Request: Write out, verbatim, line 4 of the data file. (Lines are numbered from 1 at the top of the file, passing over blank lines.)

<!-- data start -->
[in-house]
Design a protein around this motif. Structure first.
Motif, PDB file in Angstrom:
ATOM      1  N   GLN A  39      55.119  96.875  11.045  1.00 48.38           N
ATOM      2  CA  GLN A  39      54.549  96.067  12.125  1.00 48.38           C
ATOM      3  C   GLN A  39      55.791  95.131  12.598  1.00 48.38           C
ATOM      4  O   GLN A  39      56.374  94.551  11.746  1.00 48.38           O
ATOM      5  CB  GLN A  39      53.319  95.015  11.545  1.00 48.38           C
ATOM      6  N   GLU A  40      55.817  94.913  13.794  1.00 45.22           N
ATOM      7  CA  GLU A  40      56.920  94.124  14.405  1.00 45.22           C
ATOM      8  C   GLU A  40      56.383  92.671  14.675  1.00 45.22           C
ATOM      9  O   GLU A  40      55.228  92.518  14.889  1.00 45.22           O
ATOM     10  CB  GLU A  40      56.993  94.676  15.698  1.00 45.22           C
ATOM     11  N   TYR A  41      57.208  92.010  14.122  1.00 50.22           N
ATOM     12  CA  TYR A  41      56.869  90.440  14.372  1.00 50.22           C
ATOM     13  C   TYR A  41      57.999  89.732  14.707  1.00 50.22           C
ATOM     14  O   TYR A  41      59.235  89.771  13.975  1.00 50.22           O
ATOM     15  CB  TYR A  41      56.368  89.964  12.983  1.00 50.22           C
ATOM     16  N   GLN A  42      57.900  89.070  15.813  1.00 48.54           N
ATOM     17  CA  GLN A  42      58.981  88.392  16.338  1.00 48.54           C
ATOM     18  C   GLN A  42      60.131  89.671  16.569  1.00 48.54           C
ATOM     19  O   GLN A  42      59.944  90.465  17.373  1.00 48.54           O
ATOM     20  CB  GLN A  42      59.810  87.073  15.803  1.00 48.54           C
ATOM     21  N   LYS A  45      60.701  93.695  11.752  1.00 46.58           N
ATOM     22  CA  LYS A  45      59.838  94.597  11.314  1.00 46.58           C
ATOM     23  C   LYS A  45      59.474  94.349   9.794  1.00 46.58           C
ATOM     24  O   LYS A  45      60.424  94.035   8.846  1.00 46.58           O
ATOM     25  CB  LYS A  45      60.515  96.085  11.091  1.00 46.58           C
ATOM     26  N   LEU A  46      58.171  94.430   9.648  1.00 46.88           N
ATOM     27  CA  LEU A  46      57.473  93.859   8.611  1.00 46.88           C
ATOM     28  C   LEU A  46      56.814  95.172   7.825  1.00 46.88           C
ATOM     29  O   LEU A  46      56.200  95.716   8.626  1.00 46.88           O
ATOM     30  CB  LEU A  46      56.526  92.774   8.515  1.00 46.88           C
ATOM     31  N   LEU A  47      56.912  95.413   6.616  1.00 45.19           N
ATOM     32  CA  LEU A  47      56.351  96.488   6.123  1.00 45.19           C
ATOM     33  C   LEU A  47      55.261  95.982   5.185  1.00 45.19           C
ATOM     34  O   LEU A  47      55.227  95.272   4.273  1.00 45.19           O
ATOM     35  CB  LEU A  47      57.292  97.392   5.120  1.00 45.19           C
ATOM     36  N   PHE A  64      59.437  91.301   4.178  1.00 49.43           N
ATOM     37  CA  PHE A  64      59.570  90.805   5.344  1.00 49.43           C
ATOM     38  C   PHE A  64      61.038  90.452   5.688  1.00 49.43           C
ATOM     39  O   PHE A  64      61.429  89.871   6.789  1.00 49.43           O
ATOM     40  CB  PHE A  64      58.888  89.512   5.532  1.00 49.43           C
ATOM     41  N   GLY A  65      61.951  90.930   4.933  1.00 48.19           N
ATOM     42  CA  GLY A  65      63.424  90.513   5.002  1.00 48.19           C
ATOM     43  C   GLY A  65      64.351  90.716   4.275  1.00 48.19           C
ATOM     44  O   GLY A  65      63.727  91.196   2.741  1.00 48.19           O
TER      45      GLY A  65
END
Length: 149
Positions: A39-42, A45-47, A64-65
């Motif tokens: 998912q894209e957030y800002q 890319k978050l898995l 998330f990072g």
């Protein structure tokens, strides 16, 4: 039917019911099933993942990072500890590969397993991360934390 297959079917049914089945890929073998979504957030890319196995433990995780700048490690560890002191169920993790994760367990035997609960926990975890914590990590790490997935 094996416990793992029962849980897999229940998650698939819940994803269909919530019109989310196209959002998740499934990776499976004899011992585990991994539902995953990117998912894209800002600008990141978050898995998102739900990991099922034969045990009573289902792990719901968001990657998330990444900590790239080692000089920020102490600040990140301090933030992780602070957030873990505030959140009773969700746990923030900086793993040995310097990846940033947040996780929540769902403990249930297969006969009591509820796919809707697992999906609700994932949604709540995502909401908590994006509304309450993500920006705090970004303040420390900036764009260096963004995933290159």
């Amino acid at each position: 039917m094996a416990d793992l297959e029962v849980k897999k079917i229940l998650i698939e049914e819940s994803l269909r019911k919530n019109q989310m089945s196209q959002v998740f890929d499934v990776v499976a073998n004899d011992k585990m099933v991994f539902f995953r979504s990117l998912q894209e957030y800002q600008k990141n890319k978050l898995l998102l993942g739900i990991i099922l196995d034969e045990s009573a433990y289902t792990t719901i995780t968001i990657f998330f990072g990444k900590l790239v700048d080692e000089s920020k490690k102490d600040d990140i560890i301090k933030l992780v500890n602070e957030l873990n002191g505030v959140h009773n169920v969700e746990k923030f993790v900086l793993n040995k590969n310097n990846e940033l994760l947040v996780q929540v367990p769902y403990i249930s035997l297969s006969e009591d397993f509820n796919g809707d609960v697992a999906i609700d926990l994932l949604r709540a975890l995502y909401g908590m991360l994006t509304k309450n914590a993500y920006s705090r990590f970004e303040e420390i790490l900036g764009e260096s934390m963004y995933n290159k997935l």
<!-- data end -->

ATOM      1  N   GLN A  39      55.119  96.875  11.045  1.00 48.38           N